Published online Apr 21, 2006. doi: 10.3748/wjg.v12.i15.2313
Revised: December 2, 2005
Accepted: December 22, 2005
Published online: April 21, 2006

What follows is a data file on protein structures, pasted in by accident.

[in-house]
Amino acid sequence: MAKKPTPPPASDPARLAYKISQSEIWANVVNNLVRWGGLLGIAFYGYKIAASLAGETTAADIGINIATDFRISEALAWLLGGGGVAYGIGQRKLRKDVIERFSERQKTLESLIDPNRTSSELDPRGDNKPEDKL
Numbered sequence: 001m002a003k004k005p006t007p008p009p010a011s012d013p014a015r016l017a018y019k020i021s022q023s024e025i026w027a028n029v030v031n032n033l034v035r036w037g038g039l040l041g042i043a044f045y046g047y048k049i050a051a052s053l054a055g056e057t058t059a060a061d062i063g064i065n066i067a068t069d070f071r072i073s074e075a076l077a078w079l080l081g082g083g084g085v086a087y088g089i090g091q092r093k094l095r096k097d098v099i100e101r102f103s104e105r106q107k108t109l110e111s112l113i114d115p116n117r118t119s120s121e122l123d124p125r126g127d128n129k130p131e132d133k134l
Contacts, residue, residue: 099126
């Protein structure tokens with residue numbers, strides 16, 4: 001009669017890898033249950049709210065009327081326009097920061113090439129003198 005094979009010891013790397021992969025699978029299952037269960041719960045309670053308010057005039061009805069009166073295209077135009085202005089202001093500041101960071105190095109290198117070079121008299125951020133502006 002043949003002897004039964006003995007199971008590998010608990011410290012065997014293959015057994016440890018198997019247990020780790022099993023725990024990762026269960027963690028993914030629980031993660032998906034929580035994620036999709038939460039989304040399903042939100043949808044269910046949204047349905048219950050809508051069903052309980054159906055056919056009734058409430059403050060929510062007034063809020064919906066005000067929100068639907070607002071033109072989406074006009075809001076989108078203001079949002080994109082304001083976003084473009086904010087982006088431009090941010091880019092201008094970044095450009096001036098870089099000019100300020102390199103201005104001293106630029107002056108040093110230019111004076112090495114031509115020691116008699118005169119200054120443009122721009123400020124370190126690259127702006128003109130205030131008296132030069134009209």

H pylori gastric infection is one of the most prevalent infectious diseases worldwide. The discovery that most upper gastrointestinal diseases are related to H pylori infection and therefore can be treated with antibiotics is an important medical advance. Currently, a first-line triple therapy based on proton pump inhibitor (PPI) or ranitidine bismuth citrate (RBC) plus two antibiotics (clarithromycin and amo-xicillin or nitroimidazole) is recommended by all consensus conferences and guidelines. Even with the correct use of this drug combination, infection can not be eradicated in up to 23% of patients. Therefore, several second line therapies have been recommended. A 7 d quadruple therapy based on PPI, bismuth, tetracycline and metronidazole is the more frequently accepted. However, with second-line therapy, bacterial eradication may fail in up to 40% of cases. When H pylori eradication is strictly indicated the choice of further treatment is controversial. Currently, a standard third-line therapy is lacking and various protocols have been proposed. Even after two consecutive failures, the most recent literature data have demonstrated that H pylori eradication can be achieved in almost all patients, even when antibiotic susceptibility is not tested. Different possibilities of empirical treatment exist and the available third-line strategies are herein reviewed.